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The committee notes that a policymaker concerned with decisions about investing in vaccine R&D might consider on an ad hoc basis a candidate vaccine that precipitously emerges in importance for any of several reasons (e.g., sudden shift in disease epidemiology, genetic variations, or new information linking an infectious agent to serious and chronic disease). Obviously, the committee could not second-guess such a situation and include an example.

The committee included three candidate vaccines of primary importance to a geographically restricted target population. These candidate vaccines are directed against Coccidioides immitis, Histoplasma capsulatum, and Borrelia burgdorferi. The analysis of these candidate vaccines illustrates how regionally important candidate vaccines stand in a ranking based on national importance. If one assessed the potential benefit of these vaccines compared to other candidate vaccines for those regions alone, the benefits might be quite large and apparent. The committee’s model could also be used for such an assessment of regional vaccine programs.

The committee made an explicit decision to include in its analysis two candidate vaccines that were very far along in the development process. The committee knew that vaccines for both rotavirus and Borrelia burgdorferi could be licensed before the report was completed. In fact, vaccines for these pathogens were licensed in August 1998 and December 1998, respectively. The committee believed that readers of the report might wish to know how these vaccines compare to others in an analysis such as that performed for this report. In addition, it should be noted that the newly licensed vaccine for Borrelia burgdorferi is currently approved by the Food and Drug Administration for use only in people between 15 and 70 years of age. The analysis in the report is for a vaccine licensed for use in infancy. The rotavirus vaccine recently licensed matches the candidate vaccine analyzed in the report.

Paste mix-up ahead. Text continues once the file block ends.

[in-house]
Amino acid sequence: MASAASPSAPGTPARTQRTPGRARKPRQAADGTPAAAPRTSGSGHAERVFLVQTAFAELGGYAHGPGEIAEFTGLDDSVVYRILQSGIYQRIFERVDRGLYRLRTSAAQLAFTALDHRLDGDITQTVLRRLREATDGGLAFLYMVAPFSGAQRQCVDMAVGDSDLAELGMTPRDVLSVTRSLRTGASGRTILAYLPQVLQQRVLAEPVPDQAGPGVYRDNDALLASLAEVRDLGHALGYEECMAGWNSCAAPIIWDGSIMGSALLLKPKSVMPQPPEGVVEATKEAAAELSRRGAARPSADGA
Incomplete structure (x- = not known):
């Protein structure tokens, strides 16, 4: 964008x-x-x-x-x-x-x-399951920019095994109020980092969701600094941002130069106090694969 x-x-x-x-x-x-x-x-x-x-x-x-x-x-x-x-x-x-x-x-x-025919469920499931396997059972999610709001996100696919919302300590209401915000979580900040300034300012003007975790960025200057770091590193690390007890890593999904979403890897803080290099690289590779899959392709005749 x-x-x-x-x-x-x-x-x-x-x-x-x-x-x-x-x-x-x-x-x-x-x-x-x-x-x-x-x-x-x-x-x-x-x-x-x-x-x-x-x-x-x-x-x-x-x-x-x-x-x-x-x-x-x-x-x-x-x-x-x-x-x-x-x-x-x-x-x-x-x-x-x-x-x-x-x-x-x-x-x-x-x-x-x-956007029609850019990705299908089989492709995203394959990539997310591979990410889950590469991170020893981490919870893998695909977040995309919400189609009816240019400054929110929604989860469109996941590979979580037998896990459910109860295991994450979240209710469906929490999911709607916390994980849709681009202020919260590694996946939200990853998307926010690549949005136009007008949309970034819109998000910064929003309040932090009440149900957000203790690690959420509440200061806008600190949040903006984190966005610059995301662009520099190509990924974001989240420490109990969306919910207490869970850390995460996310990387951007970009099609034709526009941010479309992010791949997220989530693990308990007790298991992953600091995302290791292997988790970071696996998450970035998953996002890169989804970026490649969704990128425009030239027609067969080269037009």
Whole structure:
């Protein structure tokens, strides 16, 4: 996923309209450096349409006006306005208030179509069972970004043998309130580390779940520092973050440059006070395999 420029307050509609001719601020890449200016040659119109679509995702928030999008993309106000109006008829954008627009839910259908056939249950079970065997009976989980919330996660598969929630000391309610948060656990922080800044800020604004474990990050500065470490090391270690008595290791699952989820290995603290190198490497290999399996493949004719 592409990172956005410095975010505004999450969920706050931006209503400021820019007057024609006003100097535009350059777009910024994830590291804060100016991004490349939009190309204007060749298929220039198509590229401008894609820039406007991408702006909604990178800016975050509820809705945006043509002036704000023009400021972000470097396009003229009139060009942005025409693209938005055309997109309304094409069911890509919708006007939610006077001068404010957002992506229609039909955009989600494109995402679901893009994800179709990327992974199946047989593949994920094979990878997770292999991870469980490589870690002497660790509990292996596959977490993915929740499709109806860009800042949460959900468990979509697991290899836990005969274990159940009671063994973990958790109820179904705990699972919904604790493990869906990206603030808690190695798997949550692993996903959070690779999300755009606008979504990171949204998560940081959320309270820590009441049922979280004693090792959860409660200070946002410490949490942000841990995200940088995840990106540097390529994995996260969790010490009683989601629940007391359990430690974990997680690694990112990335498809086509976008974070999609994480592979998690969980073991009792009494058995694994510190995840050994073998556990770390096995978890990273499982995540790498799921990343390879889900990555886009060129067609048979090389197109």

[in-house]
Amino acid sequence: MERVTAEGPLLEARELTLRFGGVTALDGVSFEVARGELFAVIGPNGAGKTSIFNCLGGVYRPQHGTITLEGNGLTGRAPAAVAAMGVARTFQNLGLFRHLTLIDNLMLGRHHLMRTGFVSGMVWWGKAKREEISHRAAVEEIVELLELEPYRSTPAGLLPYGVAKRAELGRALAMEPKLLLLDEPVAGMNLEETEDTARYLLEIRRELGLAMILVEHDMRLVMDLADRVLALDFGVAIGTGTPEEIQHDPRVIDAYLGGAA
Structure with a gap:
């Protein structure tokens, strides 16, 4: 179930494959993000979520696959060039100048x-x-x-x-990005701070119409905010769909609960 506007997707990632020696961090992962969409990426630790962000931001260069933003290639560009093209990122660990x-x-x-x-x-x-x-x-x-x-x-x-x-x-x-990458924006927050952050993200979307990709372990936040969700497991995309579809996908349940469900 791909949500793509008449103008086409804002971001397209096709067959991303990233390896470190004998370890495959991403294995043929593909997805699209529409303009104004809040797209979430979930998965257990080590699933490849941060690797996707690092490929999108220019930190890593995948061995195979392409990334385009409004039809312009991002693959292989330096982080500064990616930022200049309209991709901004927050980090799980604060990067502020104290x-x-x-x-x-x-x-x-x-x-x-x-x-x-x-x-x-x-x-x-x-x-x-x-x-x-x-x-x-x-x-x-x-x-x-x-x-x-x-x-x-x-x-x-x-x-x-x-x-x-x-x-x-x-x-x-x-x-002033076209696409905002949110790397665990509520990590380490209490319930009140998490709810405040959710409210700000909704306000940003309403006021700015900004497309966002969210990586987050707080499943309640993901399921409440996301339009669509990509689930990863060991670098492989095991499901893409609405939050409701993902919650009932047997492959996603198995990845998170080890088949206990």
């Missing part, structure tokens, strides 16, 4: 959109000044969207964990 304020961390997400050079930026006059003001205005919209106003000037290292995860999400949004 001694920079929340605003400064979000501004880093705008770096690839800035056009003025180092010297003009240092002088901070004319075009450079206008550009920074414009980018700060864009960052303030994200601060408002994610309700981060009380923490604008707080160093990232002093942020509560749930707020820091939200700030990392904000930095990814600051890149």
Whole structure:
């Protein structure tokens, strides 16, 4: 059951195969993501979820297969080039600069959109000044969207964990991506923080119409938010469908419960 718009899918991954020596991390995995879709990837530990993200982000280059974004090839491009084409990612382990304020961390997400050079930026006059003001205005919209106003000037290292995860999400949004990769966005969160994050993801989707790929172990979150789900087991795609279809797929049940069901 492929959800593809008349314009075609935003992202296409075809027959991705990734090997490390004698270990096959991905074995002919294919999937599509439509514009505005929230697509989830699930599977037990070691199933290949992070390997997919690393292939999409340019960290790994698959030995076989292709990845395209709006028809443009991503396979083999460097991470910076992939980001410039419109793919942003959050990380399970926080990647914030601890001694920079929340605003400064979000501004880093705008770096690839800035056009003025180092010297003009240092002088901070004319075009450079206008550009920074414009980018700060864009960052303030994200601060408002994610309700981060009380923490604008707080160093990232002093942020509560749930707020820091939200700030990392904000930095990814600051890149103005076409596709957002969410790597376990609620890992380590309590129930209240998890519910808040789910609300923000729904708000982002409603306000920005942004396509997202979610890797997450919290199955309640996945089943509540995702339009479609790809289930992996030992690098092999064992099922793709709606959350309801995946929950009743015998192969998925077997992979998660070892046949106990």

Other important reasons considered by the committee for including a candidate vaccine were that the population most at risk for the disease is very vulnerable. The committee ultimately decided not to include in its analysis a candidate vaccine against Pseudomonas aeruginosa. This infection is an important source of morbidity and mortality in persons with cystic fibrosis. It was not, however, felt to be a significant source of disease in otherwise healthy individuals. Other examples of vulnerable populations considered by the committee include organ transplant patients and persons otherwise immunocompromised, such as those with AIDS. Such populations are sometimes quite small, but the potential reductions in health care costs and improvements in health status by preventing infections make development of certain candidate vaccines worth considering.

Finally, vaccine development efforts for some diseases that impose relatively little disease burden can lead to scientific advances that will be influential for vaccine R&D years later for candidate vaccines for other diseases. For example, the committee believed that research into a vaccine against Streptococcus mutans will lead to benefits far beyond those achieved by prevention of dental



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